This perspective allows you to practice and identify with all social justice movements. If you identify as an ecofeminist you’re not only a feminist, but also a universal ally for environmentalism, civil rights, LGBTQ rights, and any other movement that aims to reinforce the needs of marginalized groups —and that is the beauty of intersectional ecofeminism.
The Women’s March represented a catalyst for mainstream feminism. The popular “we are one”, and “all lives matter” rhetoric is counter productive, and negates the experiences of the disproportionately marginalized groups. Those granted privilege whether it be gender, race, or socioeconomic class must understand and be empathic to the communities whom suffer the most when it hits the fan. Those who have privilege must use it for good, and advocate with and on behalf of our fellow communities. Educate yourself, share dialogue with others who may have never heard of the word feminism or intersectionality, and dare I say… initiate that hard conversation with your Trump supporter friend/ family member to help them see the other side of the spectrum.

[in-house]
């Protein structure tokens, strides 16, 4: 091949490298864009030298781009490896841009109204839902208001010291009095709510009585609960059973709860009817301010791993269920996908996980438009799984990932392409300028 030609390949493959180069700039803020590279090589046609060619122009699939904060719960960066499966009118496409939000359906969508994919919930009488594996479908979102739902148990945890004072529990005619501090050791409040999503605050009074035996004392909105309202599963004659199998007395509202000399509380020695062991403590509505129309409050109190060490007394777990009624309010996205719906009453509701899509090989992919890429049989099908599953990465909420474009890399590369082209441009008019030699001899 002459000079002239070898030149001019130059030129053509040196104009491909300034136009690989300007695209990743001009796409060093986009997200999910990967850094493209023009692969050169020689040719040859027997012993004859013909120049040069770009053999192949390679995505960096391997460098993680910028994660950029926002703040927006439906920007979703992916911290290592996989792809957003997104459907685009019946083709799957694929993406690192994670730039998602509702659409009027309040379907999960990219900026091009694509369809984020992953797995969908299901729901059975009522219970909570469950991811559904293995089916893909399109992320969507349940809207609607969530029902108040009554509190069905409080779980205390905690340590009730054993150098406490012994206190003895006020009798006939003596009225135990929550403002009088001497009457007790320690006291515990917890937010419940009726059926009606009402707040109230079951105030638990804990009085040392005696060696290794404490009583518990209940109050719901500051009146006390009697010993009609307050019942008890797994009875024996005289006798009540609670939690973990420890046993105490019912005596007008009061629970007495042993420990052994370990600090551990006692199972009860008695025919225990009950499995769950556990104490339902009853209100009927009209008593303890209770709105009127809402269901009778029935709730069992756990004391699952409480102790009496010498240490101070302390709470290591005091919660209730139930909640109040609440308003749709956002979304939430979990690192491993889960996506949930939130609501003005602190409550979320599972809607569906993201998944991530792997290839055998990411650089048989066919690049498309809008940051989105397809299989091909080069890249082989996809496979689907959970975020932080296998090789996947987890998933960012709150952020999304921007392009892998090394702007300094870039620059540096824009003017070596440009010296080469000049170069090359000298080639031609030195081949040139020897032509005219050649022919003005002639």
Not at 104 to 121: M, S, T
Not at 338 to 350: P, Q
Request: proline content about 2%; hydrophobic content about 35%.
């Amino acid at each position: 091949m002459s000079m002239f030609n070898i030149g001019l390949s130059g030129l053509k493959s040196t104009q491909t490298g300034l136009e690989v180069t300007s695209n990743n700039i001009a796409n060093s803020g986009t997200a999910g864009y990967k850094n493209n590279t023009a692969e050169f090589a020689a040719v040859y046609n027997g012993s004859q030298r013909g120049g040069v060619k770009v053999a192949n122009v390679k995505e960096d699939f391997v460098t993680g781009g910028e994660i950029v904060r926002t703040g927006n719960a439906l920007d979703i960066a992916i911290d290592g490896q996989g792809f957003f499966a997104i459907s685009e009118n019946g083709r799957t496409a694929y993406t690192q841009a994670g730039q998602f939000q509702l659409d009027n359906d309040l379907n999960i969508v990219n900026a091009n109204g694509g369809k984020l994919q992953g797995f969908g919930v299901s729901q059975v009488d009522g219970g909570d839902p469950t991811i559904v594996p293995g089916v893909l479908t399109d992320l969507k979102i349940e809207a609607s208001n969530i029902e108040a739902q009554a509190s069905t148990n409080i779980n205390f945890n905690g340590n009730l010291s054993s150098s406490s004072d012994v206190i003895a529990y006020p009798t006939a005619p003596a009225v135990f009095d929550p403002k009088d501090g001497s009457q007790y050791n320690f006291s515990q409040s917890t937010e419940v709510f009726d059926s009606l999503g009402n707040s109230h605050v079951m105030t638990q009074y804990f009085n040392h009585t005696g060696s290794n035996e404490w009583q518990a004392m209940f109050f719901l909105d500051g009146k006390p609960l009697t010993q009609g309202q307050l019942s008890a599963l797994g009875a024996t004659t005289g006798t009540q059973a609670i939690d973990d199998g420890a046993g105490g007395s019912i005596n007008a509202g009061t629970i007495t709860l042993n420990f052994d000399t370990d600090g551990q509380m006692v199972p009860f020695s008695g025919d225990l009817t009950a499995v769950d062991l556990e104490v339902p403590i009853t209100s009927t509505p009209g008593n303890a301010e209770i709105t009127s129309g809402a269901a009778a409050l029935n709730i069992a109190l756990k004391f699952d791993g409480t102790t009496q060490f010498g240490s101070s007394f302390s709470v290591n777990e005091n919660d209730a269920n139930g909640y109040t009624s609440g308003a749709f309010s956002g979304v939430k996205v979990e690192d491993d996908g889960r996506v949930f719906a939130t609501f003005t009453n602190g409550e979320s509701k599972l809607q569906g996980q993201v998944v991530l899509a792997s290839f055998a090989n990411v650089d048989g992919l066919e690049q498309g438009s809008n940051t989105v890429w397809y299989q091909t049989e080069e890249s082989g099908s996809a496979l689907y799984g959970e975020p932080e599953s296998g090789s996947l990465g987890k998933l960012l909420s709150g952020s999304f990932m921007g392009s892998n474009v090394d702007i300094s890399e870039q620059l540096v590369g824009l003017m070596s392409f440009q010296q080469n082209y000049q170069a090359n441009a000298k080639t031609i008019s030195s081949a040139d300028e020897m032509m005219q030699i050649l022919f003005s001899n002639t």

Simply put: Feminism, environmentalism, and the LGBTQ movement wouldn’t be where it is today if it wasn’t for low income women of color at the front and center of it all. Therefore, any event that affects these communities should not only concern you—but gain your advocacy and action.